I am currently a student at Butler University, and I remember you coming to speak here last semester. I currently have a quite a predicament, while I don’t have any loans or debt now, I will be attending optometry school in the fall at IU. I will need to pull out upwards of $40,000 a year for four years (HOLY COW).
Recently my ’99 clunker has been in the shop every three weeks and I’m currently spending more on repairs/maintenance than I would on a new car. Here are a few of the problems I have, while Bloomington has a great bus system, I’ll need transportation to go to clinicals and rotations and also to visit my girlfriend in Indianapolis every few weeks. I’d like my car to last 10 years or until it breaks down. I know I wouldn’t spend more than $20,000 if it were new. Would you recommend a new, used, or leased car? Unfortunately, I won’t be able to get a job due to the rigorous curriculum. Second part of my question, would it be possible or beneficial to use my Grad-Plus Perkins school loan to cover the payments on a vehicle or would I need to pull out a private loan?
Oh man, I know the point of your email isn’t about student loans, but we need to pause for a second and recognize that you’ll have $160,000 in student loans when you graduate… holy moly!
Alright, on to the real question, should you use your student loans to fund your lifestyle? I prefer student loans be used for education expenses only and not for living expenses, but there are a few situations where this doesn’t work. Optometry school is one of those times. You are going to have to use your student loans to pay rent and buy food while in school.
Here is your main issue: you are going to be without income for four years. This is an expense trap. But you still need a new vehicle so here are few options.
Leasing a car wouldn’t be the worst idea, since it’s a temporary situation. I know what you are thinking, leasing?! A lot of financial experts rail on leasing, but I’m one that happens to believe leasing a vehicle makes sense in certain scenarios, this being one of them. Alex, you have a cash flow problem. That’s what all this boils down to. Leases are less per month, around $99-$199 a month, compared to a $300-$400 car payment. In this situation you are borrowing borrowed money to pay for a vehicle, which is all adding to the lump sum you will owe upon graduation. Assuming a $100 lease and a $300 car payment, over four years you could add $4,800 to your student loan for a leased vehicle, or add $14,400 for a vehicle you are attempting to purchase.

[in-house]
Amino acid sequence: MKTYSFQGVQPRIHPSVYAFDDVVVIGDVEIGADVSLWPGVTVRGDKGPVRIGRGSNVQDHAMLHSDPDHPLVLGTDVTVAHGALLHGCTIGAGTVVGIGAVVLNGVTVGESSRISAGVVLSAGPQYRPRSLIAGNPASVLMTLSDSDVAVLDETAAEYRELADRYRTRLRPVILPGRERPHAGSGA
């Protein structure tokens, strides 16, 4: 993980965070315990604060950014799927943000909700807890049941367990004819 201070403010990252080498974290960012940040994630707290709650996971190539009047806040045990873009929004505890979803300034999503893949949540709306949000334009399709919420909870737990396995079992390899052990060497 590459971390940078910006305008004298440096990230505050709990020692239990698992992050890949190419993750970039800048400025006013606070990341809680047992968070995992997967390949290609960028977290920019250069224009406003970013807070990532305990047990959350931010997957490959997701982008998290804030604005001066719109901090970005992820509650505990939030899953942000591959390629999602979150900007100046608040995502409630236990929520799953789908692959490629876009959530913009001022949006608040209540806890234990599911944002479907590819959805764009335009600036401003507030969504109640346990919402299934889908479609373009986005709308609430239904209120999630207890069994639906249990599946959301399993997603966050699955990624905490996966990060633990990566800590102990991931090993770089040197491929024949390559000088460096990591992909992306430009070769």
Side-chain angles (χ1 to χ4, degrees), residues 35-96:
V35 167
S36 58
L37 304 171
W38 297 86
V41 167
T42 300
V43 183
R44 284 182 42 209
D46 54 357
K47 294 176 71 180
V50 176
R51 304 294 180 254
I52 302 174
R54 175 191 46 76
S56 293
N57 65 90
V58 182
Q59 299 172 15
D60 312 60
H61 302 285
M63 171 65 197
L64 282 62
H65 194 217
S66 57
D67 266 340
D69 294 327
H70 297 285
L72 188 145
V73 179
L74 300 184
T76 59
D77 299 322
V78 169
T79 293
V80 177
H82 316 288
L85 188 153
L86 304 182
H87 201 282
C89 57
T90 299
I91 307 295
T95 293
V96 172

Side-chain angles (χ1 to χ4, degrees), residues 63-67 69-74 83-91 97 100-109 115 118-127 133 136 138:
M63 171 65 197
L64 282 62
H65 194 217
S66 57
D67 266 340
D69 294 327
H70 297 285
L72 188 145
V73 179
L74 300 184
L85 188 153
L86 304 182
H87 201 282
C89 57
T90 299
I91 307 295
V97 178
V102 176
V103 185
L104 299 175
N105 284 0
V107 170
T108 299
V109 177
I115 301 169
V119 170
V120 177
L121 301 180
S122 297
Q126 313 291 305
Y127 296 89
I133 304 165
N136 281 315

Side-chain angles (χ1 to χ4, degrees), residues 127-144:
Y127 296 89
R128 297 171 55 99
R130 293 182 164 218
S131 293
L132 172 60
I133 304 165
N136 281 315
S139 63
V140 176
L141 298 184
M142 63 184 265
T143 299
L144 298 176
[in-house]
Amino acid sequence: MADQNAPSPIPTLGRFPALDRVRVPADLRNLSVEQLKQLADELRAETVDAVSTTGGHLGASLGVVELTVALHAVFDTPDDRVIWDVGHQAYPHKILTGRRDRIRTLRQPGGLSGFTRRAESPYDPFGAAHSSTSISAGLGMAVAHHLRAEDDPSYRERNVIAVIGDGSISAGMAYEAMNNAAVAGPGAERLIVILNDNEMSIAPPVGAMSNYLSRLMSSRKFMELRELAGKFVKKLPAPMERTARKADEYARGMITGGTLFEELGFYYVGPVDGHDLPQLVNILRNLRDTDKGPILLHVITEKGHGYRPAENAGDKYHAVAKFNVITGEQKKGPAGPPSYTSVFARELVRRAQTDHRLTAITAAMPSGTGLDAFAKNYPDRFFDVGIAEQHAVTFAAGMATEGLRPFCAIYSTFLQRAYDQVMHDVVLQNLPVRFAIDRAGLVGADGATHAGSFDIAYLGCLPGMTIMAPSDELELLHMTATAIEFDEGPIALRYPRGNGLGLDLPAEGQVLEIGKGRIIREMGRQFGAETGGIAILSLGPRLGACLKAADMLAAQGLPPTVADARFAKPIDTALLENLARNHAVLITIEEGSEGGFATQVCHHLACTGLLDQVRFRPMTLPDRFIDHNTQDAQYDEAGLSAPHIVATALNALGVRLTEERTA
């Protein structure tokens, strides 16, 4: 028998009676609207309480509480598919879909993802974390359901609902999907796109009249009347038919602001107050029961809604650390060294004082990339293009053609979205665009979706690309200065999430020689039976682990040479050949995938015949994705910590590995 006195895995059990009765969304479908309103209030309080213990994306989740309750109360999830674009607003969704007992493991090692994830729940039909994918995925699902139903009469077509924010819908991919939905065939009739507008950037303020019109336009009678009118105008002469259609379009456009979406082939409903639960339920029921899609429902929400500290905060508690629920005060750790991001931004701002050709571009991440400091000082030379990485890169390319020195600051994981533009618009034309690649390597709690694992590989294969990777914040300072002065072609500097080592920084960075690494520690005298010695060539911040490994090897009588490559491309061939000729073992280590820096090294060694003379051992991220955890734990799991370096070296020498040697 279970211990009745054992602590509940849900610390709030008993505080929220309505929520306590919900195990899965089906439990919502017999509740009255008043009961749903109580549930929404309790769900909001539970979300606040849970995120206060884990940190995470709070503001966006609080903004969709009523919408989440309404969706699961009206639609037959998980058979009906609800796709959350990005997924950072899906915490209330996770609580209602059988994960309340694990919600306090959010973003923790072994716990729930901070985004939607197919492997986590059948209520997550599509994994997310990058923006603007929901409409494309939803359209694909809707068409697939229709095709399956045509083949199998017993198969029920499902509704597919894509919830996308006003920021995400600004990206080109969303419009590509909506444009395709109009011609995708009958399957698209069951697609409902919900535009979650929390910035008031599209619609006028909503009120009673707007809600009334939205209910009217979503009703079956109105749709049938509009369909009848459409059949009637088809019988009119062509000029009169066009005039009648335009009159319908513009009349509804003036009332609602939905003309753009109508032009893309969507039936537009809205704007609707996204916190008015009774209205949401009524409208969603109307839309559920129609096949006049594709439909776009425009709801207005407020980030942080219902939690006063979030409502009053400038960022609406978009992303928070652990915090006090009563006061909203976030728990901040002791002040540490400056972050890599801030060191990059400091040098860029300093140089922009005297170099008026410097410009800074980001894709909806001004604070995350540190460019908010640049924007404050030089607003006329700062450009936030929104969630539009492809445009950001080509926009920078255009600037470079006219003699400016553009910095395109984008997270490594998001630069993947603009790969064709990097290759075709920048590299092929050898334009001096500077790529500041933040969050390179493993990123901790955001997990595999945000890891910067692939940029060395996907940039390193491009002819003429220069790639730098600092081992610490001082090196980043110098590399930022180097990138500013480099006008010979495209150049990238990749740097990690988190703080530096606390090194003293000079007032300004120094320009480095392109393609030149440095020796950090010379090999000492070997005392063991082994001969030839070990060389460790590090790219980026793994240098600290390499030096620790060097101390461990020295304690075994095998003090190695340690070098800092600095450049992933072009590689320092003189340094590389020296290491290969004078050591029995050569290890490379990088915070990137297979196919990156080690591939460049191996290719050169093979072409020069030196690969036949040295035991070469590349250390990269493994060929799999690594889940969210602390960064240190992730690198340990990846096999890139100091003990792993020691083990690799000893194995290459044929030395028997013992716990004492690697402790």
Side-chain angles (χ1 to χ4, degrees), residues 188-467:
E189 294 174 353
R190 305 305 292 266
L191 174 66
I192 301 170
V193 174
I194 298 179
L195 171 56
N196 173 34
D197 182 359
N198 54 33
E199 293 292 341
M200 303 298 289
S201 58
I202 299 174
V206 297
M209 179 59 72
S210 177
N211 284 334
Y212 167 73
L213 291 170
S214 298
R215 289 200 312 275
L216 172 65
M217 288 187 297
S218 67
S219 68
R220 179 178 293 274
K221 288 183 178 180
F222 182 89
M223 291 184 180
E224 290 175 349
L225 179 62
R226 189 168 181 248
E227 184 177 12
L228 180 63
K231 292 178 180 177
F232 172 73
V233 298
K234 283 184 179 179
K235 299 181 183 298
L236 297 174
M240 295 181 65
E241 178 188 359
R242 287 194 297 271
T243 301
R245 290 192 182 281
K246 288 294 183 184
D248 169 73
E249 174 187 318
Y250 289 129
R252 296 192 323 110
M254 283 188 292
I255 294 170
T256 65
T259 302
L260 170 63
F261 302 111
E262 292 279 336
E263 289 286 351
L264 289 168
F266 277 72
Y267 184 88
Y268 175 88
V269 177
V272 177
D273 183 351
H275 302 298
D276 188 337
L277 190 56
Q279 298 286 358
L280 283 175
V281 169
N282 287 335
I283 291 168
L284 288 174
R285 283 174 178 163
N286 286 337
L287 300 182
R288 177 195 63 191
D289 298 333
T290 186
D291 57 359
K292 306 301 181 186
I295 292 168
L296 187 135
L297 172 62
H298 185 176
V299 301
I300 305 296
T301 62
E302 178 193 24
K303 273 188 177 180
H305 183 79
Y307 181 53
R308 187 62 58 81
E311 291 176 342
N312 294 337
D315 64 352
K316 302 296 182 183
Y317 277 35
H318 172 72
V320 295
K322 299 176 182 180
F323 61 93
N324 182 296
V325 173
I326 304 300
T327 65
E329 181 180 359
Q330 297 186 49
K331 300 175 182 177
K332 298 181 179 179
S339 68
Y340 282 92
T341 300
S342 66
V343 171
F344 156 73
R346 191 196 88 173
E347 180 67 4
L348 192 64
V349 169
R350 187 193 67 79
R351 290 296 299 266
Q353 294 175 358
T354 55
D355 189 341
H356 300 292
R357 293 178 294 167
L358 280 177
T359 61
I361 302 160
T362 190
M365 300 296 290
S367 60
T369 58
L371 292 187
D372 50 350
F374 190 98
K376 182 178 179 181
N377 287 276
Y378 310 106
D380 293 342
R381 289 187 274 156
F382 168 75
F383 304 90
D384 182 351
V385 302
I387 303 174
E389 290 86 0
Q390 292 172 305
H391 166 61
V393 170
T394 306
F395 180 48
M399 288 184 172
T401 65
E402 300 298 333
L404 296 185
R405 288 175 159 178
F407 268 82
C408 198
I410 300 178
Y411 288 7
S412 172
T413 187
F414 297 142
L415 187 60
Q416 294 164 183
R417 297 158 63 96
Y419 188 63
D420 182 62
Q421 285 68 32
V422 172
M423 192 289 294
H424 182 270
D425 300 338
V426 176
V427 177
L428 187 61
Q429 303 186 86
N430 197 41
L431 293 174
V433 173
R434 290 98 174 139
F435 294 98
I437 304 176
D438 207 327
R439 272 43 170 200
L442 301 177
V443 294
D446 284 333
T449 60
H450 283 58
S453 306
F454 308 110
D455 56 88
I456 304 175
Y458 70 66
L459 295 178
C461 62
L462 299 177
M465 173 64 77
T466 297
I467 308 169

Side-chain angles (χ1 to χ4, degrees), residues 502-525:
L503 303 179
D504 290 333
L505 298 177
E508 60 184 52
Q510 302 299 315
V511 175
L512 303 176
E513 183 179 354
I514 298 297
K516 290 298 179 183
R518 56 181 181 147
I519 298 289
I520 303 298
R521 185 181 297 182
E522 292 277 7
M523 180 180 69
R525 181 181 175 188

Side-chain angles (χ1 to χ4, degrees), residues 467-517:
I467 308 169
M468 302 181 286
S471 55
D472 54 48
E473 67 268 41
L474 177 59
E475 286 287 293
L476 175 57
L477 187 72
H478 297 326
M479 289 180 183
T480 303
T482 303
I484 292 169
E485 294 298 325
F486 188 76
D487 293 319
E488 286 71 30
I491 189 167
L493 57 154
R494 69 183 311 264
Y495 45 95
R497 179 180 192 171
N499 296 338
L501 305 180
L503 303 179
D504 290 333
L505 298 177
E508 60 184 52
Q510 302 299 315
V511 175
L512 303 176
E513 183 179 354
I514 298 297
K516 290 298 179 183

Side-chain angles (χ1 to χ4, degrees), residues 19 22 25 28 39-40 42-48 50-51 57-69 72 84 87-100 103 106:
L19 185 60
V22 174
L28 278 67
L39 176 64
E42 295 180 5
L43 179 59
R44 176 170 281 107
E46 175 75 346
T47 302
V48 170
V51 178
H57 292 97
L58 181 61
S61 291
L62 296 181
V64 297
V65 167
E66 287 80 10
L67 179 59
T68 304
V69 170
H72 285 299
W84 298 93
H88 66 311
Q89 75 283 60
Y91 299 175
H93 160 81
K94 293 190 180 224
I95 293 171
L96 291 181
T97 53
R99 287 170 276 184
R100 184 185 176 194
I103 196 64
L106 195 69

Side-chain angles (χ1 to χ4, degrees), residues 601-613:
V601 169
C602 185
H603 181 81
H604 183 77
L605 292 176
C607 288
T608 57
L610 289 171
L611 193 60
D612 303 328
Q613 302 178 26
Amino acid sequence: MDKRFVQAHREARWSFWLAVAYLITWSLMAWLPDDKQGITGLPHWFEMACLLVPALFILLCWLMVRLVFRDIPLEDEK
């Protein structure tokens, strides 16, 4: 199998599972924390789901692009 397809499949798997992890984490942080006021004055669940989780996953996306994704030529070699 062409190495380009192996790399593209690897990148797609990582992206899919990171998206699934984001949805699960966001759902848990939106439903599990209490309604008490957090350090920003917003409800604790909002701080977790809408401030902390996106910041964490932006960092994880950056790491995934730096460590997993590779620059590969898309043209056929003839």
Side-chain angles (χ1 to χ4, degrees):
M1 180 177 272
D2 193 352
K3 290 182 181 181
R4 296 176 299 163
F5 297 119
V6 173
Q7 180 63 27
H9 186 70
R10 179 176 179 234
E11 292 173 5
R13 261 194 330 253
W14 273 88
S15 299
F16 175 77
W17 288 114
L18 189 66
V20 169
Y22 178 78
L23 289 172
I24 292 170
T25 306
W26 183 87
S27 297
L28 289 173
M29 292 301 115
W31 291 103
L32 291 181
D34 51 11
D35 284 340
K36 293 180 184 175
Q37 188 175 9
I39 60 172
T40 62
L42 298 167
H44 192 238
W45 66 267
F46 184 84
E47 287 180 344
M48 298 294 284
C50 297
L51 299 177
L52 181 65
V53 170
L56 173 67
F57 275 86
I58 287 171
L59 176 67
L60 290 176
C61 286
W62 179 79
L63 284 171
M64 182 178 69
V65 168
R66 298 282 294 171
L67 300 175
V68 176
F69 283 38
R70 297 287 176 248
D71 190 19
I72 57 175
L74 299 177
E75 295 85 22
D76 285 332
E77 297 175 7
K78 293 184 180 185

Or you could take out a private student loan. Use this student loan for living expenses and a car payment. But absolutely do not, for any reason, take out a lump sum from your student loan and pay for a vehicle in cash. Set a strict but doable budget for yourself including rent, car payment, food, etc. Stick to this budget while you are in school. If possible, during breaks, work your ass off to accumulate money to pay off this loan.
If you can get a super low lease payment, it makes sense from a cash flow standpoint. If not, buy a used vehicle for under $15,000 and make sure your payments fit in line with what you can afford to pay from your student loan. Good luck!
Oh, and I also answered your question on The Pete the Planner Radio Show on WIBC this week (I apologize for all the things I said about your girlfriend).
Peter Dunn a.k.a. Pete the Planner® is an award-winning financial mind and a former comedian. He’s a USA TODAY columnist, author of ten books, and is the host of the popular radio show and podcast, The Pete the Planner Show. Pete is considered one of the foremost experts on financial wellness in the world, but he’s just as likely to talk your ear off about bass fishing.